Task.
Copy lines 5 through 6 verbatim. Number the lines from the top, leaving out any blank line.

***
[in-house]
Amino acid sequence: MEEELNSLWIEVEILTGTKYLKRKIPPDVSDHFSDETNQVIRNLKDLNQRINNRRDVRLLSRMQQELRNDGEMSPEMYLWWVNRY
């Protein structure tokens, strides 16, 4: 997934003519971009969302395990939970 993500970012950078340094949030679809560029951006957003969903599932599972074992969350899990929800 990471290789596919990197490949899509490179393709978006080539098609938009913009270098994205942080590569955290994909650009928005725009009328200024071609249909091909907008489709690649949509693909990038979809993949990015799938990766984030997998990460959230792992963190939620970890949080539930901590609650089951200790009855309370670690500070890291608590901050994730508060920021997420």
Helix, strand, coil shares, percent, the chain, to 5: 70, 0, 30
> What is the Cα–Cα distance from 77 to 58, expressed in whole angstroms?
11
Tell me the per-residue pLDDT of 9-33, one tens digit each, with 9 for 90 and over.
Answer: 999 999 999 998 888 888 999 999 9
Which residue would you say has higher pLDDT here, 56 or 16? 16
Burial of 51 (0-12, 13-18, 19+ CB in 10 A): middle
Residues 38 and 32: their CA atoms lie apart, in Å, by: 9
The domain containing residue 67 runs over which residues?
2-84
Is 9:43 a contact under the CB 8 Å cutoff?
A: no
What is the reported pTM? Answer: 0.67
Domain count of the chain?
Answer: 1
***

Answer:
> What is the Cα–Cα distance from 77 to 58, expressed in whole angstroms?
11